Once I’ve gotten pictures of everything, I transfer them to my computer and do a preliminary cull. This is where I delete anything blurry, where I’m blinking, or the clothing doesn’t appear flattering. I pick 3-4 photos that I like the best of each item (plus the detail shot), and then transfer these into Photoshop, where I do a very basic edit to clean up colors, contrast, brightness, etc. Here, I also crop images so that they focus more on the shirts that I am trying to sell than on the background or anything else in the frame.
In Etsy, I have to specify a ton of information before I can save items as drafts; things like what ‘type’ of item it is, who is going to use it, how big it is to calculate shipping, and more. I take the time to fill this out. My favorite part of the listing process is writing a description; I get to imagine how Kaylee came to own each of the shirts I’ve picked out, or on what she occasions she might wear them.
Part of adding listings to Etsy includes figuring out how to ship items & how much it will cost. Luckily, Etsy can often provide the shipping information for me when I fill in certain details.
When items are ordered from Etsy, I get 2 emails. One from Paypal (since all my Etsy funds go there), and one from Etsy. The Paypal email goes into a folder labeled ‘receipts’ so that I can track how much I made & relate that to my taxes. The second email stays unread in my inbox until I am ready to ship; once it ships that email gets deleted.
I will almost always use Etsy to purchase shipping labels, since it keeps it all in one nice spot, and I get an email receipt. I can then print the label, and schedule a pick-up through USPS so I don’t have to find a time to get to the post office. And then items are off to their new homes! With almost 80 reviews and 4.5 stars on Etsy, hopefully I am doing something right.
Are there any questions you have about my process? Comment and let me know!
Having never visited Madison, WI before now, the invitation to present my “Expanding Firefly ‘Verse” panel gave me not only the chance to visit my family in Chicago, but also a chance to see a new city! Plus I got to visit cosplay friends I don’t see very often. Oh yeah, and bring my panel to more folks… and see Jewel Staite in person.
The trip began on Wednesday night when I took a train into Boston. I stayed the night with a friend and then took the first Silver Line on Thursday to catch my 7am flight to Chicago. Once in Chicago, I stayed for just one night before getting up early and taking a train to the bus that would eventually take me to Madison. I traveled on the Van Galder bus line, which is $30 no matter what and resembles a double decker Megabus. I got the best seat in the house: the front row on the top deck which means huge windows all around. This bus had great wifi, but also randomly leaked through the ceiling at times. 8/10.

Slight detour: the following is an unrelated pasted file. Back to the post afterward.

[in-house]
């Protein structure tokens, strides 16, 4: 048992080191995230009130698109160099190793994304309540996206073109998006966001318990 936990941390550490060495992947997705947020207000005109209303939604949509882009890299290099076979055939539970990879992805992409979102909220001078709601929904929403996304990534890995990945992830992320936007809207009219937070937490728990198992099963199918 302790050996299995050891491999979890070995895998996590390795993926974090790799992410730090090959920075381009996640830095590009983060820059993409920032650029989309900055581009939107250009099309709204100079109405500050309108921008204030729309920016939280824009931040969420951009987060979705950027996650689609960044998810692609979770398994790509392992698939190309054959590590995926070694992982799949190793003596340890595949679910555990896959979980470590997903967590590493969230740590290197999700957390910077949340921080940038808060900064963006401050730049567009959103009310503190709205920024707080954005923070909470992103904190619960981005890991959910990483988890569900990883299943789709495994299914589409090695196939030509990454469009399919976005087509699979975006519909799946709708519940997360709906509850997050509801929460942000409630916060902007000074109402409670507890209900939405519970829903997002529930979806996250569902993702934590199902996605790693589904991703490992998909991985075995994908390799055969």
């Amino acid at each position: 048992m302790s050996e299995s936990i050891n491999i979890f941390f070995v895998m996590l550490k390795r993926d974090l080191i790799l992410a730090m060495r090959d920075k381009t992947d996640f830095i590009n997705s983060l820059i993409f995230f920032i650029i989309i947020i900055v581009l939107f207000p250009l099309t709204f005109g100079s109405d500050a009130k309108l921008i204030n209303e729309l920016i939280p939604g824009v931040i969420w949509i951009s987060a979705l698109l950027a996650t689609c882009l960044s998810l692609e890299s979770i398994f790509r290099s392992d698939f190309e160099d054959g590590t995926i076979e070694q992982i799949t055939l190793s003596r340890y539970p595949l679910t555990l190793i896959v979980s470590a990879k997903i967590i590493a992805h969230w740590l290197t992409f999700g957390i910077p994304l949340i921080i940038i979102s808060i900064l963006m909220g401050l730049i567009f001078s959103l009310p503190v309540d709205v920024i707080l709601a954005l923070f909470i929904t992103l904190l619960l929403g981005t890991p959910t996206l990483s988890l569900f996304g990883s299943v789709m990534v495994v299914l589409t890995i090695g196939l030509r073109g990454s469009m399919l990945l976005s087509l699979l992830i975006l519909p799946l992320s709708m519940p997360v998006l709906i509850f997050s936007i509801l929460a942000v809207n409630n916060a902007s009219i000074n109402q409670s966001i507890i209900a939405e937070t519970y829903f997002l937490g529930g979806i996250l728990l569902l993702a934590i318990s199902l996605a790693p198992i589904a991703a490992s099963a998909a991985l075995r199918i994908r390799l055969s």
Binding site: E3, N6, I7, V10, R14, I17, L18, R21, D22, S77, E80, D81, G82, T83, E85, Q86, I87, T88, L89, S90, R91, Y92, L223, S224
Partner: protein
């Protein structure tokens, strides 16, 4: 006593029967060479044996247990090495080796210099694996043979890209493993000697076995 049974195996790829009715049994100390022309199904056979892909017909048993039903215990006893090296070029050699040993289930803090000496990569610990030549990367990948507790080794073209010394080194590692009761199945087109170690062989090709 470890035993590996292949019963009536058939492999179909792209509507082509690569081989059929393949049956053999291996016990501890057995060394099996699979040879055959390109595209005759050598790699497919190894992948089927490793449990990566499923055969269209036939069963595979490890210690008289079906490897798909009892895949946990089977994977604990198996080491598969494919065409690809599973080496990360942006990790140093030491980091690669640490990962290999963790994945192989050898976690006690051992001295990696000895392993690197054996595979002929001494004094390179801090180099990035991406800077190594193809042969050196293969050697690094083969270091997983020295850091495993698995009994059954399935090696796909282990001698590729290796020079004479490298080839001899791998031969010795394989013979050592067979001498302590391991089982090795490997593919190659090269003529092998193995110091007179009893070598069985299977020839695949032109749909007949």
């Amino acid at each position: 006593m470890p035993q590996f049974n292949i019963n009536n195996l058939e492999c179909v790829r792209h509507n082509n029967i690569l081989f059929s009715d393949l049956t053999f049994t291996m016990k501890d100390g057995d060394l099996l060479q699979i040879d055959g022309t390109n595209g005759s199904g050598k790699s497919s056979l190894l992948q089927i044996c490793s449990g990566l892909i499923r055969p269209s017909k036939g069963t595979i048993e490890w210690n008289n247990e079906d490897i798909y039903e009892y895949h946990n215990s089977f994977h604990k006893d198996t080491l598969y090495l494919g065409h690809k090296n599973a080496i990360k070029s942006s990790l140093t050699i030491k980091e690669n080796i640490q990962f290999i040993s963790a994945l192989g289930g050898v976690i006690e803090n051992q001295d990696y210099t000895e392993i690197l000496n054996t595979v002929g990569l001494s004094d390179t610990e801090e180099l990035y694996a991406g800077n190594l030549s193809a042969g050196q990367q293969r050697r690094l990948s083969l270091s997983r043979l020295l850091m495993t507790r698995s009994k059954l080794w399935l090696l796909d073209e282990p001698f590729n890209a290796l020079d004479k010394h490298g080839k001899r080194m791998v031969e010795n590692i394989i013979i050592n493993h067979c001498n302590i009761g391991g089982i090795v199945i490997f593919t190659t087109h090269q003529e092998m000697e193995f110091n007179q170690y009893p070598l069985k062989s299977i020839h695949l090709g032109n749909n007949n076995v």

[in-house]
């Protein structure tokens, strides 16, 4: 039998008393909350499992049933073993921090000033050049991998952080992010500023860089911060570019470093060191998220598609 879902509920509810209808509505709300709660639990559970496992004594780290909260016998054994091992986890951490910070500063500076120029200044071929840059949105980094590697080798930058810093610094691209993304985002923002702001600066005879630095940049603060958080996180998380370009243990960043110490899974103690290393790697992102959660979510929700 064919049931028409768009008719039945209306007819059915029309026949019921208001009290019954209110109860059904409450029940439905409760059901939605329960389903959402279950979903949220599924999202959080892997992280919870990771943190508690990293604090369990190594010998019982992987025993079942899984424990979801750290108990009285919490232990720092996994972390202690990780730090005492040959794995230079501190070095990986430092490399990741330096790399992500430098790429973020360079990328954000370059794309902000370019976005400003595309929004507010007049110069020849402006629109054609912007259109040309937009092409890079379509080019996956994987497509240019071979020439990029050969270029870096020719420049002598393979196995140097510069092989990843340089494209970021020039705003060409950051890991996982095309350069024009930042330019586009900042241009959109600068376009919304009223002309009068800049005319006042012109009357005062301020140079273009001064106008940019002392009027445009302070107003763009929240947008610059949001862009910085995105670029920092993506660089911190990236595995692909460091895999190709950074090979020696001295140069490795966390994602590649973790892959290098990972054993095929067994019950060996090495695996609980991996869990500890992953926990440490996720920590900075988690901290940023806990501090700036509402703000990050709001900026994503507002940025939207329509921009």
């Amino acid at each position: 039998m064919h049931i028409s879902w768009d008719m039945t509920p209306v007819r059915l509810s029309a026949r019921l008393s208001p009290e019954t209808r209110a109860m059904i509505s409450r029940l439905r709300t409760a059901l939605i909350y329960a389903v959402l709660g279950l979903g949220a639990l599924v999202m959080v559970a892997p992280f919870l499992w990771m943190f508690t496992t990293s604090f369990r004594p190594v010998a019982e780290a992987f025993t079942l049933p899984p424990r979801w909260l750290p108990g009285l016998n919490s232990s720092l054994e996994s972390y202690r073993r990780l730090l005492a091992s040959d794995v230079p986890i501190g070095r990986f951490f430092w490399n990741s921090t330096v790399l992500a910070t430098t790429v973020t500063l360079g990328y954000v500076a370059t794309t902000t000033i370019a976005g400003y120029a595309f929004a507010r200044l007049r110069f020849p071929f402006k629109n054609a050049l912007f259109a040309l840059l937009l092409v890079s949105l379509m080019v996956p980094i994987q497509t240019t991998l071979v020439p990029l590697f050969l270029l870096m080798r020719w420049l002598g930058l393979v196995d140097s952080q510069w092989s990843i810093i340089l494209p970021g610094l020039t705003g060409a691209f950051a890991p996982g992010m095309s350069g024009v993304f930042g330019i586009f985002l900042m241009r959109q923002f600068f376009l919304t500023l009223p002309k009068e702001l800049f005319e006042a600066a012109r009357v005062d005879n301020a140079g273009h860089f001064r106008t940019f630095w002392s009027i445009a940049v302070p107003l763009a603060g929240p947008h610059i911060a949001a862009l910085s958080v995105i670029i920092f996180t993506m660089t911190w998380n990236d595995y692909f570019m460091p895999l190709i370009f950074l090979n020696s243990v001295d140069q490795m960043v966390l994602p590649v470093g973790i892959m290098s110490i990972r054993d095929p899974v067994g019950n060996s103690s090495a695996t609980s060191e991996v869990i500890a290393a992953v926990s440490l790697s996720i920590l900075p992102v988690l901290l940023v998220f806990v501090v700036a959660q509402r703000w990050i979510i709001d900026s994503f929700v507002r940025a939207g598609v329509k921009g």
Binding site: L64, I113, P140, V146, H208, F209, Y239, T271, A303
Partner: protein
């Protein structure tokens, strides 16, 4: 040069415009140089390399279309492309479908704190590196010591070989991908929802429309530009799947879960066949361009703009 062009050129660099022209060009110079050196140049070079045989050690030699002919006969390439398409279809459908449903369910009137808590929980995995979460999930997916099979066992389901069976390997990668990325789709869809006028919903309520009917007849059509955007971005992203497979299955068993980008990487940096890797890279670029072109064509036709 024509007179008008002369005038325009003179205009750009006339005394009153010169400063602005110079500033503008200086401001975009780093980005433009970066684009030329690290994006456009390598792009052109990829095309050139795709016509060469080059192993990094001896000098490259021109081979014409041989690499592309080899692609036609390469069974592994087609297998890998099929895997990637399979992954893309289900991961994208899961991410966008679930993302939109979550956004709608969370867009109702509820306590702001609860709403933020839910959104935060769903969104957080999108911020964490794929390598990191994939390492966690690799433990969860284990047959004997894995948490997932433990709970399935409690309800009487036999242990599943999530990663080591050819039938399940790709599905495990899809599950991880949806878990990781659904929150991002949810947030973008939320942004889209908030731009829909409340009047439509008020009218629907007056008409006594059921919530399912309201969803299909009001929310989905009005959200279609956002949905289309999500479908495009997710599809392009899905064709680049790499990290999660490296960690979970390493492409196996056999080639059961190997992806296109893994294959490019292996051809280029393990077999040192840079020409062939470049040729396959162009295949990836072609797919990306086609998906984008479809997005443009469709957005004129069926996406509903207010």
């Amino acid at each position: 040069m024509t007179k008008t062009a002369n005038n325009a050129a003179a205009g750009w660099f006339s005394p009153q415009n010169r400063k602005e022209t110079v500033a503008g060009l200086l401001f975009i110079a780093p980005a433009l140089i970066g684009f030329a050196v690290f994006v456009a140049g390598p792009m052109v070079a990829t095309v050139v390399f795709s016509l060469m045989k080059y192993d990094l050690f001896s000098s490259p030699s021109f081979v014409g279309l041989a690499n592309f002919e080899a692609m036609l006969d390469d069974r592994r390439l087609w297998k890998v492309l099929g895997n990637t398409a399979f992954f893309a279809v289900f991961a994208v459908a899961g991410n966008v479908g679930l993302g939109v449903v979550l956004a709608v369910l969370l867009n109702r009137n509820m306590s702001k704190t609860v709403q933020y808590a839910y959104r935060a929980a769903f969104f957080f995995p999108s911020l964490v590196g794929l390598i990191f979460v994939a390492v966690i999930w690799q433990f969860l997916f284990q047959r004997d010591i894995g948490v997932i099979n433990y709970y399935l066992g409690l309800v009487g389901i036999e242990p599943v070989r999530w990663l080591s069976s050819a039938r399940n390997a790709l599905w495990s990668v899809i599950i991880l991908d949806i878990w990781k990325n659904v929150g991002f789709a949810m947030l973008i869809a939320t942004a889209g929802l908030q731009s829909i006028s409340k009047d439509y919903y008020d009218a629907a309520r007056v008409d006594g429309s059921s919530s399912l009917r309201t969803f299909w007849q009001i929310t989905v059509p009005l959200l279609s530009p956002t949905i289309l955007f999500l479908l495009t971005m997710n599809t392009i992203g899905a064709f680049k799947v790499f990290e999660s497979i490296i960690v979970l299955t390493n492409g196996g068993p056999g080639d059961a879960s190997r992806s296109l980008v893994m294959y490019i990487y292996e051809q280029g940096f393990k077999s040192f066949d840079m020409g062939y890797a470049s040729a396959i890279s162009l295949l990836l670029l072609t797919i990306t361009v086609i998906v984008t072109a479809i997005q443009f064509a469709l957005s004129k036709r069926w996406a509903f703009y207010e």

I stayed with my friend SparrowStyle who happens to live right near the bus stop. We ate lunch before heading to the convention. Day one was relatively slow. We walked the entire convention floor (comparable roughly to the size of Wizard World Philly the first year that I went, or the Rhode Island Convention Center), and scoped out the room where I would be presenting my panel on Saturday. After that, we called it a day and headed home for sushi and Netflix.
Saturday, we headed to the convention around 11 in the morning, so I would have time to set up the room for my panel and make sure my laptop hooked up correctly. I met up with my co-panelist, and we went over a few things before the panel started. This panel was a lot more in depth than the last time I presented it. I included information about new graphic novels (the next one comes out in less than a month during Free Comic Book Day) as well as about QMx’s partnership with Loot Crate for the Firefly Loot Crates. I also added information about fan films that exist or are being made, including Browncoat Redemption, The Verse,Browncoats: Independence War, and A Faithful Companion.
You’ll have to catch me at a convention to see the whole panel (and have a chance at some of the shiny things I give away at panels), you can check out future panels and events by clicking here. SparrowStyle and I walked the floor again, stopping here and there to pick up art. SparrowStyle and I also entered the cosplay competition, before I headed over to see Jewel Staite’s panel. I caught the tail end of the Agents of Shield panel and, as that was emptying out, managed to get a seat in the very front row of Jewel’s panel!